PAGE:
Although epidemiological studies indicate that advanced paternal age is associated with increased risk of health outcomes in offspring, including autism and schizophrenia, researchers have attempted to replicate the human studies by using young and old mice and their offspring (5). The young mice faced a battery of behavioural tests including the Forced Swim Test. In another experiment at the Queensland Brain Institute, researchers used mice to study behavioural effects of Vitamin D deficiency, again employing the Forced Swim Test (6).
At Monash University researchers have been observing the impact of cannabinoid receptor 2 (CB2) stimulation on food intake, body weight and mood in mice that had been injected with CB2 and forced to become obese by way of diet and then subjected to the Forced Swim Test (7).
Research into early life stress (ELS) exposure and brain development involved maternal seperation of rats and a daily injection of oxytocin. Effort-related motivation was measured using a model of effortful choice (EC), while behavioural despair was measured using the forced swim test (FST) (8).
Many of these experiments were funded by Australian taxpayers by way of grants from the National Health and Medical Research Council, Australia’s prominent funding body for medical research.
View our video on the FST in Australia:
What You Can Do
HRA has joined with PETA in creating an e-action. Send your email to the universities continuing to use the FST here.
Recent articles on the FST
Emily R. Trunnell, Constança Carvalho,
The forced swim test has poor accuracy for identifying novel antidepressants, Drug Discovery Today,
Volume 26, Issue 12, 2021
Carvalho, C., Herrmann, K., Marques, T. A., & Knight, A. (2021). Time to Abolish the Forced Swim Test in Rats for Depression Research?, Journal of Applied Animal Ethics Research (published online ahead of print 2021). doi: https://doi.org/10.1163/25889567-bja10026
Sewell et al. (2021). Preclinical screening for antidepressant activity – shifting focus away from the Forced Swim Test to the use of translational biomarkers. Regulatory Toxicology and Pharmacology 125: e105002. doi: 10.1016/j.yrtph.2021.105002
Stanford, S. (2017) ‘Confusing preclinical (predictive) drug screens with animal ‘models’ of psychiatric disorders, or ‘disorder-like’ behaviour, is undermining confidence in behavioural neuroscience’, Journal of Psychopharmacology, 31(6), pp. 641–643. doi: 10.1177/0269881116689260.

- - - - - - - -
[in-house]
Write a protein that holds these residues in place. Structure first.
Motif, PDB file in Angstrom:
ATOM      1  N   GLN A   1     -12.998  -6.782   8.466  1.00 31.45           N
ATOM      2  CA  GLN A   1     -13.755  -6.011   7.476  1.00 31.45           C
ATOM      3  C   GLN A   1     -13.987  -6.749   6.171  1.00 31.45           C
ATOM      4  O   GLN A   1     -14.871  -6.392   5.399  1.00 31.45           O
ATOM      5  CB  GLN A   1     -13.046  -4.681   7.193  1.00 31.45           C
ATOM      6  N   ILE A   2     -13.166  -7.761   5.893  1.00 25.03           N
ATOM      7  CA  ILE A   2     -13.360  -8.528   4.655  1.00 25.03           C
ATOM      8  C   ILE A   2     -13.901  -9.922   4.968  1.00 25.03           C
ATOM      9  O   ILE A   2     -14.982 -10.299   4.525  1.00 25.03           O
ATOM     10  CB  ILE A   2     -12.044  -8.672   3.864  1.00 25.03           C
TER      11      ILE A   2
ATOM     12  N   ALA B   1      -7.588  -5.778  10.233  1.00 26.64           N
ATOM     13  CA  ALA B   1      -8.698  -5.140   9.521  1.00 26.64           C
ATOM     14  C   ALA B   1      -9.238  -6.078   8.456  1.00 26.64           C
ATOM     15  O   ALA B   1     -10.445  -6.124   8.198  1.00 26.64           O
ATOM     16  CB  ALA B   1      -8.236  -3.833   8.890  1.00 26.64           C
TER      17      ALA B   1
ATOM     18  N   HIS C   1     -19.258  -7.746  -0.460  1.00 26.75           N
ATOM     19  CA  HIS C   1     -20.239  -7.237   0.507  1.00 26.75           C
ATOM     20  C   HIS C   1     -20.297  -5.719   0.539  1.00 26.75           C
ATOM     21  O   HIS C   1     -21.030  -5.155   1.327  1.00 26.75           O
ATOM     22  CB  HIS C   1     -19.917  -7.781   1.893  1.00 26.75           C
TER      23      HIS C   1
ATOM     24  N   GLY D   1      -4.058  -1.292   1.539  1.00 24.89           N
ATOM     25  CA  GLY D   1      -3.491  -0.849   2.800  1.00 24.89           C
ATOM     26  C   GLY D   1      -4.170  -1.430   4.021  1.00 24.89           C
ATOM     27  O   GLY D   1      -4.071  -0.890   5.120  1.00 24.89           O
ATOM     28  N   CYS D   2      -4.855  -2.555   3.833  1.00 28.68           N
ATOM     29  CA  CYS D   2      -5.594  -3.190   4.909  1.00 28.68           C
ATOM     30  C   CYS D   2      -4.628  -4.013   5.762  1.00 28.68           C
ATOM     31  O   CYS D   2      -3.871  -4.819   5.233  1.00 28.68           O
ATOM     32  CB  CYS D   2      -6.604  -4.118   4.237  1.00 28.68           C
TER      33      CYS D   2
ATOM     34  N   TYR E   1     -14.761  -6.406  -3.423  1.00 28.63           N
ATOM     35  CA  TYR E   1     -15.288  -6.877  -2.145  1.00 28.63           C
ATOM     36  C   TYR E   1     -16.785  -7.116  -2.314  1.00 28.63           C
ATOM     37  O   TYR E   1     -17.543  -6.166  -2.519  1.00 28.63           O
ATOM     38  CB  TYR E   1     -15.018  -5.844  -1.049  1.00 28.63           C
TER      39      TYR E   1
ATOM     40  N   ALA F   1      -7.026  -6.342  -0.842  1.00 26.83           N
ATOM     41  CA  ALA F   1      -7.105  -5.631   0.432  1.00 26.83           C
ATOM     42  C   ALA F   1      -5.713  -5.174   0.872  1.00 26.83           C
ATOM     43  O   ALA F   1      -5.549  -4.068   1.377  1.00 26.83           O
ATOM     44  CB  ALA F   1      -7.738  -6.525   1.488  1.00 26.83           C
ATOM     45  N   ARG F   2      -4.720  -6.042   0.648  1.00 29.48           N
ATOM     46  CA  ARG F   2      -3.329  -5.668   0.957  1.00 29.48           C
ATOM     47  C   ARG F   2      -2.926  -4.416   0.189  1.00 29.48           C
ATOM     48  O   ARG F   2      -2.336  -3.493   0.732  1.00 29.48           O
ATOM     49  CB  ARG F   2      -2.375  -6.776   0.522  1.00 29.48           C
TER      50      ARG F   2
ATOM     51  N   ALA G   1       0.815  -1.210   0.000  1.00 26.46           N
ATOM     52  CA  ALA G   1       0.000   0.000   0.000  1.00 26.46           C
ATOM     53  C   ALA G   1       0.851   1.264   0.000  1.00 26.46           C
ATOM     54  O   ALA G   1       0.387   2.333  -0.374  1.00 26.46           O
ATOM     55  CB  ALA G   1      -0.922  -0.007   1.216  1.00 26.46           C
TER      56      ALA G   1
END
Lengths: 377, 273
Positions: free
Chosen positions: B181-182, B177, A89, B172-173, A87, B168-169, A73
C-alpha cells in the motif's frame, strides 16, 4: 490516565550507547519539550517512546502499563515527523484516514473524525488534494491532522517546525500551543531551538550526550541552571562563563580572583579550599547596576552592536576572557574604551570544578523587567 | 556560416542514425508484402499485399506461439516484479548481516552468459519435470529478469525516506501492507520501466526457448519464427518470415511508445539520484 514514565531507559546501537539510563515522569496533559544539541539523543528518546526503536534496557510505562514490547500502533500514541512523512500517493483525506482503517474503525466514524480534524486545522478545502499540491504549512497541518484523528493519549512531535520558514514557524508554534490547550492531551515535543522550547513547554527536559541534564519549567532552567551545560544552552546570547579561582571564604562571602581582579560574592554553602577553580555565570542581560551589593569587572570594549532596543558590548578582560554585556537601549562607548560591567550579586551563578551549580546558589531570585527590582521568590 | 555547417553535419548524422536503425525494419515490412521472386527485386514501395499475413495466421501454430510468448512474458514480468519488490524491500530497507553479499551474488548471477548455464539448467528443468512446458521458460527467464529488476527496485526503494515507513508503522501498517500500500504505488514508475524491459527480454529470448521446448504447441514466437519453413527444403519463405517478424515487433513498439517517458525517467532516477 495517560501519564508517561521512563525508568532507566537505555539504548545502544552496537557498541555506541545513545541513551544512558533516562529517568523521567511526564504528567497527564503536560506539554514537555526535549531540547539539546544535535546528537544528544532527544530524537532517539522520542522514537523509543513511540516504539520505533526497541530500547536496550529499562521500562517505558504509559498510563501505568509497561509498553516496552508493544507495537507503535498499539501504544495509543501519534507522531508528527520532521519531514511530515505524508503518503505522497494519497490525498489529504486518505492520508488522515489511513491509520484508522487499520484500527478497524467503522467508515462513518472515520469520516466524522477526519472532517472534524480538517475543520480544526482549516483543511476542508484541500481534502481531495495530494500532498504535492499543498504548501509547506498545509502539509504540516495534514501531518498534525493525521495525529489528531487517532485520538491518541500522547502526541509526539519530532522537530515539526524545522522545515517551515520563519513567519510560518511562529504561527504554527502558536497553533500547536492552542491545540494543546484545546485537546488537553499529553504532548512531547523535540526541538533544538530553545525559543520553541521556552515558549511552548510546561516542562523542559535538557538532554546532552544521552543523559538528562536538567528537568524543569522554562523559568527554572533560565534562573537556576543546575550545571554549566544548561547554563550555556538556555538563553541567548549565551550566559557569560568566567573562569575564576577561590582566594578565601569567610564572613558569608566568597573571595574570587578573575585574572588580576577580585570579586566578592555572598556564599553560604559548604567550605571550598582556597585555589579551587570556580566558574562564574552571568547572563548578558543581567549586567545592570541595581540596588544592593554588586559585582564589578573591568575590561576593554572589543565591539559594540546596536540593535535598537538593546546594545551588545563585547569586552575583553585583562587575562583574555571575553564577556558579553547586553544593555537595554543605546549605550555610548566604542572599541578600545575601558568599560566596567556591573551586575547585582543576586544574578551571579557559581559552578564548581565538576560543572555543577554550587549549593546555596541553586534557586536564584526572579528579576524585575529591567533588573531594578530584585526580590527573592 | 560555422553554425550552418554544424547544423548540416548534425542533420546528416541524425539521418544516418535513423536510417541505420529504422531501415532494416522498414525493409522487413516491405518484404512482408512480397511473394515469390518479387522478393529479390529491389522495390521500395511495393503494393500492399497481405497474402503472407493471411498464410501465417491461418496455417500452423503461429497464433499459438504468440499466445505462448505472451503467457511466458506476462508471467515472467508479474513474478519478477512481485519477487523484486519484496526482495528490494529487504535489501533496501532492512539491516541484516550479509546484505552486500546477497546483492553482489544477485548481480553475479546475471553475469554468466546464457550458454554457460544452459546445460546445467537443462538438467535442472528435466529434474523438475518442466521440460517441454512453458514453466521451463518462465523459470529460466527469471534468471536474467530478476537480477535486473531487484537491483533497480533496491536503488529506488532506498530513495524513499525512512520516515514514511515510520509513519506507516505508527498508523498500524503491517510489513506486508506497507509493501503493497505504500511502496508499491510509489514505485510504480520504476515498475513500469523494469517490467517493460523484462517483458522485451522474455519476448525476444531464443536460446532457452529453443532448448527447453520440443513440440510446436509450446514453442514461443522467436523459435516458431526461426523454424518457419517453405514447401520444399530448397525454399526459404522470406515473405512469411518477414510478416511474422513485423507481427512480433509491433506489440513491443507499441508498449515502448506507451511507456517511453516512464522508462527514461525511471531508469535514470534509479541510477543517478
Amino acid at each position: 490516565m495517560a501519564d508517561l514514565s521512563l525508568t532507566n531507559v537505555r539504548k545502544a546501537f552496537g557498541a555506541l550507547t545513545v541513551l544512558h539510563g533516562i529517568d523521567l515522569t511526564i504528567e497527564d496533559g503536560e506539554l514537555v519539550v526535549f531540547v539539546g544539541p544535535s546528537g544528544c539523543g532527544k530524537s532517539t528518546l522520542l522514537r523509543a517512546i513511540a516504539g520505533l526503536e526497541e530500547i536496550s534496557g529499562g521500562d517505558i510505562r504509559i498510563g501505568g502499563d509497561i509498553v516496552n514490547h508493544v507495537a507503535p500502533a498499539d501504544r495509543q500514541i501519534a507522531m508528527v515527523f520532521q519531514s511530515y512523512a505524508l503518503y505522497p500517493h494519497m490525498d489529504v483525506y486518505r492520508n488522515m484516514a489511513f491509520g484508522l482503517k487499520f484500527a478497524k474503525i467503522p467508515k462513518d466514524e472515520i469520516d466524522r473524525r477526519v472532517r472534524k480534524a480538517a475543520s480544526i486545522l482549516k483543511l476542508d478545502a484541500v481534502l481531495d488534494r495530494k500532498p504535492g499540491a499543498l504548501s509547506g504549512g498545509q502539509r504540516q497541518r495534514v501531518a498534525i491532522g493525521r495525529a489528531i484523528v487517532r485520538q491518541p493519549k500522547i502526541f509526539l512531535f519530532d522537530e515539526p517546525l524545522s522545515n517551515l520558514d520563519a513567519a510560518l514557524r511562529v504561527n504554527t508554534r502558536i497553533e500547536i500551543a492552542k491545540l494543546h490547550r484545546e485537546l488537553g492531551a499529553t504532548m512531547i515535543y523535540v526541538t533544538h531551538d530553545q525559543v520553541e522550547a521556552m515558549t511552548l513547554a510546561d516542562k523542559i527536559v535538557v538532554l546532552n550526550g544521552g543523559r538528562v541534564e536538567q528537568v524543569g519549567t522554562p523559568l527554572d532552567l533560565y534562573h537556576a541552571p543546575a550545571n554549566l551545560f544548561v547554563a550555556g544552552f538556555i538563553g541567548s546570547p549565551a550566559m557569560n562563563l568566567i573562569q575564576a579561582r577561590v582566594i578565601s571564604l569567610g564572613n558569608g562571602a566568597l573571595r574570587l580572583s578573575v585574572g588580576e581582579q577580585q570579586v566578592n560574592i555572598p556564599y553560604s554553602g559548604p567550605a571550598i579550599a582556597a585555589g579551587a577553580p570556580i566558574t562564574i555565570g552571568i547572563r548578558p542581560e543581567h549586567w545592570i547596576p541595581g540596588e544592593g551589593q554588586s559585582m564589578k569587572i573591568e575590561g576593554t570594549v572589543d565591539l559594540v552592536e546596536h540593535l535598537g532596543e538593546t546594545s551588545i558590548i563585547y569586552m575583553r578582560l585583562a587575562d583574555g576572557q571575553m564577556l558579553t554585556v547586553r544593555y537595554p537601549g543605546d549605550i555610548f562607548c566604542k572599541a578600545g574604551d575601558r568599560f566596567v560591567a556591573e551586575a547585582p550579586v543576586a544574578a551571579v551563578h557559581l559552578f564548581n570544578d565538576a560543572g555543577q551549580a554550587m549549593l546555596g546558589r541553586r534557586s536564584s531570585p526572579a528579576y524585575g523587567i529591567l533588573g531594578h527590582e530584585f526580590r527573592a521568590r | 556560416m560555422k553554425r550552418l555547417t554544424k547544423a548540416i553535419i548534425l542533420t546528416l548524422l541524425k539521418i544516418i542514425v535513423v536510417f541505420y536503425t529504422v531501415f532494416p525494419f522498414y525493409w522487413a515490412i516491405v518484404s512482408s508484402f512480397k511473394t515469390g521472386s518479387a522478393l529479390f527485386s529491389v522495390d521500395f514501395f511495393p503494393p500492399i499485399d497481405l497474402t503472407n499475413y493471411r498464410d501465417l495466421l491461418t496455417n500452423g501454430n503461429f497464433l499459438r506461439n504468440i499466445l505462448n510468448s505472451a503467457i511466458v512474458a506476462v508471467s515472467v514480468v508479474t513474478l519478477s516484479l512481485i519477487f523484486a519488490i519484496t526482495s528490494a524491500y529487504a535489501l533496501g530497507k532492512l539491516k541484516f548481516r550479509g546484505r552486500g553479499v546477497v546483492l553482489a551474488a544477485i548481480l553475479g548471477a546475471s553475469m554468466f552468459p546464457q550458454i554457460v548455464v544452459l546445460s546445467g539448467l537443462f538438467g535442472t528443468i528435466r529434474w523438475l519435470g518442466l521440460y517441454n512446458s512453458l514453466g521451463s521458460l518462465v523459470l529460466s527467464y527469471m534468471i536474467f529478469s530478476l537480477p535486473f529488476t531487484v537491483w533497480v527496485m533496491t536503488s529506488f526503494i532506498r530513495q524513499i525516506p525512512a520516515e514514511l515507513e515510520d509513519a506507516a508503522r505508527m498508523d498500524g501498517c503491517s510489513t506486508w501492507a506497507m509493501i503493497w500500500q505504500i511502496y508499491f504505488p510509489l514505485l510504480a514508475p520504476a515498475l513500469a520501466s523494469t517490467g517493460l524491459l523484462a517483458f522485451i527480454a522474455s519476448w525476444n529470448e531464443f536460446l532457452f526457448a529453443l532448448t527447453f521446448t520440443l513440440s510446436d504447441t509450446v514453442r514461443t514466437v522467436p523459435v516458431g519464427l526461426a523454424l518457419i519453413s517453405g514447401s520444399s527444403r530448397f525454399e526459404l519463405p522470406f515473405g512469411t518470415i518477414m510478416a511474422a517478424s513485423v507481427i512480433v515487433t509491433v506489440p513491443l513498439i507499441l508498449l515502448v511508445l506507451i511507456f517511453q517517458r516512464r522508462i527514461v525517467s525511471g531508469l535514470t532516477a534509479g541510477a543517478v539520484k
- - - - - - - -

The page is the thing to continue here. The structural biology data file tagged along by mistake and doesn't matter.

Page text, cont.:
1. Heath A et al. (2018) Medium- and high-intensity rTMS reduces psychomotor agitation with distinct neurobiolgical mechanisms Translational PsychiatryI (2018) 8:126 doi: 10.1038/s41398-018-0129-3
2. Gogos A et al. Differential effects of chronic 17β-estradiol treatment on rat behaviours relevant to depression Journal of Neuroendocrinology (2018) doi: 10.1111/jne.12652
3 Jake Rogers , Shanshan Li , Laurence Lanfumey, Anthony J. Hannana, Thibault Renoira,
Environmental enrichment reduces innate anxiety with no effect on depression-like behaviour in mice lacking the serotonin transporter
4. AK Short , KA Fennell, VM Perreau, A Fox, MK O’Bryan, JH Kim, TW Bredy, TY Pang and AJ Hannan Elevated paternal glucocorticoid exposure alters the small noncoding RNA profile in sperm and modifies anxiety and depressive phenotypes in the offspring (2016)
5. Foldi C et al. Increasing paternal age alters anxiety-related behaviour in adult mice Genes, Brain & Behavior (2018) doi: 10.1111/gbb.12522
6. Groves NJ, Bradford D, Sullivan RK, Conn KA, Aljelaify RF, McGrath JJ, Burne TH.
Behavioural Effects of Adult Vitamin D Deficiency in BALB/c Mice Are not Associated with Proliferation or Survival of Neurons in the Adult Hippocampus.
PLoS One. 2016 Apr 4;11(4):e0152328. doi: 10.1371/journal.pone.0152328. eCollection
7. Verty AN, Stefanidis A, McAinch AJ, Hryciw DH, Oldfield B. Anti-Obesity Effect of the CB2 Receptor Agonist JWH-015 in Diet-Induced Obese Mice. PLoS One. 2015 Nov 20;10(11):e0140592. doi: 10.1371/journal.pone.0140592.
8. Thornton JL, Everett NA, Webb P, Turner AJ, Cornish JL, Baracz SJ. Adolescent oxytocin administration reduces depression-like behaviour induced by early life stress in adult male and female rats. Prog Neuropsychopharmacol Biol Psychiatry. 2021 Aug 30;110:110279. doi: 10.1016/j.pnpbp.2021.110279. Epub 2021 Feb 7. PMID: 33567331.